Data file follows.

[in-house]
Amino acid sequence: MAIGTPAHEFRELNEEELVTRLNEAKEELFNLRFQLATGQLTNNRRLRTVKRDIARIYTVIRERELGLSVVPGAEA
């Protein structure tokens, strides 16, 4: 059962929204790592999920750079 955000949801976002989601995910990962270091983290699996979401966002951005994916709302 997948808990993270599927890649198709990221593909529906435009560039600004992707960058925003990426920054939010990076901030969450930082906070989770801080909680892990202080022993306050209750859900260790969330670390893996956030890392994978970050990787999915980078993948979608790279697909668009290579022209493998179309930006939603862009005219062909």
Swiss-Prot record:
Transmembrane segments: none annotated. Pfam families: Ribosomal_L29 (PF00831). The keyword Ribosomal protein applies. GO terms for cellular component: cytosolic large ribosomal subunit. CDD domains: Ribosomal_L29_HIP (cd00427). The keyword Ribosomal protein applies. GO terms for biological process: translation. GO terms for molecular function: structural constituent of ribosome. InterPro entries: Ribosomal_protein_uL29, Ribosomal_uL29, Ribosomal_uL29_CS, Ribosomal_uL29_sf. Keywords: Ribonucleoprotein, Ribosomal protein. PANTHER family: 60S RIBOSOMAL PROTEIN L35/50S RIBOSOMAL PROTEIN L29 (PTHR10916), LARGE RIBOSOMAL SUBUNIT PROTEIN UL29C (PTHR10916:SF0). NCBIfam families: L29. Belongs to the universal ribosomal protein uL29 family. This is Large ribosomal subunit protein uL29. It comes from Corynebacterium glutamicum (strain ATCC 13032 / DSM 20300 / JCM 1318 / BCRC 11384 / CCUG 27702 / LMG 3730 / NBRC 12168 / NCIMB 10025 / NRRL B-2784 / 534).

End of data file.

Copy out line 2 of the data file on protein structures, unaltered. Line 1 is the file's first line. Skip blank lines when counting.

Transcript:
Amino acid sequence: MAIGTPAHEFRELNEEELVTRLNEAKEELFNLRFQLATGQLTNNRRLRTVKRDIARIYTVIRERELGLSVVPGAEA